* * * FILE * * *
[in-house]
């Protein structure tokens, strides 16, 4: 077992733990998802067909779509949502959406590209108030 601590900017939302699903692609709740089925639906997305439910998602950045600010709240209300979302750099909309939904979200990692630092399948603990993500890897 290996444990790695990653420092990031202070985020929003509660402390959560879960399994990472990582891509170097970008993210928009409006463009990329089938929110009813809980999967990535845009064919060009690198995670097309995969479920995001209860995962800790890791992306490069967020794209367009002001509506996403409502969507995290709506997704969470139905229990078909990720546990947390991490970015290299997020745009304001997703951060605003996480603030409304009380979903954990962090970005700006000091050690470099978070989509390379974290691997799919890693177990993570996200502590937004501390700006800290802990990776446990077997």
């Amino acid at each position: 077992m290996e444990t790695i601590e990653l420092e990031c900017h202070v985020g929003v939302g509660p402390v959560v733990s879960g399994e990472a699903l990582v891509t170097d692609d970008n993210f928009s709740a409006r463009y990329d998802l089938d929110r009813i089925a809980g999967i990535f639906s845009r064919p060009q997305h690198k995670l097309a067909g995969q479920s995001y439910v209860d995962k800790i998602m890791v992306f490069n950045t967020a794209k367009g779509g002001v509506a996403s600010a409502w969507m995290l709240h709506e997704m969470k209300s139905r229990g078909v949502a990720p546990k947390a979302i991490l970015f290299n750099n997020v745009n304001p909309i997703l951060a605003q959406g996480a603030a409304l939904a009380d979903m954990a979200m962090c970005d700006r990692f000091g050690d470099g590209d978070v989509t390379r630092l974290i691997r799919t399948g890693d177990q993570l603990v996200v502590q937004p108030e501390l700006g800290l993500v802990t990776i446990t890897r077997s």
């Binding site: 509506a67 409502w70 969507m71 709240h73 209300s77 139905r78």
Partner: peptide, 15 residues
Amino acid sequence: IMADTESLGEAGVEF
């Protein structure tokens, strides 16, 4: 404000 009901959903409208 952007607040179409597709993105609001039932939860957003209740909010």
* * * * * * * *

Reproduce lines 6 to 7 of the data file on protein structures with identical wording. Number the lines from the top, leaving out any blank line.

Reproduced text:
Amino acid sequence: IMADTESLGEAGVEF
């Protein structure tokens, strides 16, 4: 404000 009901959903409208 952007607040179409597709993105609001039932939860957003209740909010």